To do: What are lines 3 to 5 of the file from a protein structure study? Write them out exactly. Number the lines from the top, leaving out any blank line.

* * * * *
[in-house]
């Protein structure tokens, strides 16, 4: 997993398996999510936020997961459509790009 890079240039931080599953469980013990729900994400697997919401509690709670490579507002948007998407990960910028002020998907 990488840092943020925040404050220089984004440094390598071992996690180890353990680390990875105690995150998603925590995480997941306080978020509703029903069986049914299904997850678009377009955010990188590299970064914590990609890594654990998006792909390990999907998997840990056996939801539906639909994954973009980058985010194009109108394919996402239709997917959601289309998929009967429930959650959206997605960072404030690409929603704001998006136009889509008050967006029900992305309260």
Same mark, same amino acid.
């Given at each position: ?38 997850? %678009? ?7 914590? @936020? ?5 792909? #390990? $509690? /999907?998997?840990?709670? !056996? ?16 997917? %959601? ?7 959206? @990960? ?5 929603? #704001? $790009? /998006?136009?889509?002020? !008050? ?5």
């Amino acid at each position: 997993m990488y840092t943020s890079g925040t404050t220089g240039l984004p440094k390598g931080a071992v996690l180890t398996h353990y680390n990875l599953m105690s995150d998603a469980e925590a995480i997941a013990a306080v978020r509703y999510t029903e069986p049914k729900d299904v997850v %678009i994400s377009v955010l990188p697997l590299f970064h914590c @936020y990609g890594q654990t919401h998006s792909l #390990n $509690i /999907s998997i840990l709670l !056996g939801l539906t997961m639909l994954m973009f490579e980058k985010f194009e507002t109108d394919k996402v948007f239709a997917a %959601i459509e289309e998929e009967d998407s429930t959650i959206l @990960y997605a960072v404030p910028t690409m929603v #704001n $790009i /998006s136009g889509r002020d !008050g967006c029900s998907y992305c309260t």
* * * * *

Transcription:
Same mark, same amino acid.
């Given at each position: ?38 997850? %678009? ?7 914590? @936020? ?5 792909? #390990? $509690? /999907?998997?840990?709670? !056996? ?16 997917? %959601? ?7 959206? @990960? ?5 929603? #704001? $790009? /998006?136009?889509?002020? !008050? ?5």
């Amino acid at each position: 997993m990488y840092t943020s890079g925040t404050t220089g240039l984004p440094k390598g931080a071992v996690l180890t398996h353990y680390n990875l599953m105690s995150d998603a469980e925590a995480i997941a013990a306080v978020r509703y999510t029903e069986p049914k729900d299904v997850v %678009i994400s377009v955010l990188p697997l590299f970064h914590c @936020y990609g890594q654990t919401h998006s792909l #390990n $509690i /999907s998997i840990l709670l !056996g939801l539906t997961m639909l994954m973009f490579e980058k985010f194009e507002t109108d394919k996402v948007f239709a997917a %959601i459509e289309e998929e009967d998407s429930t959650i959206l @990960y997605a960072v404030p910028t690409m929603v #704001n $790009i /998006s136009g889509r002020d !008050g967006c029900s998907y992305c309260t």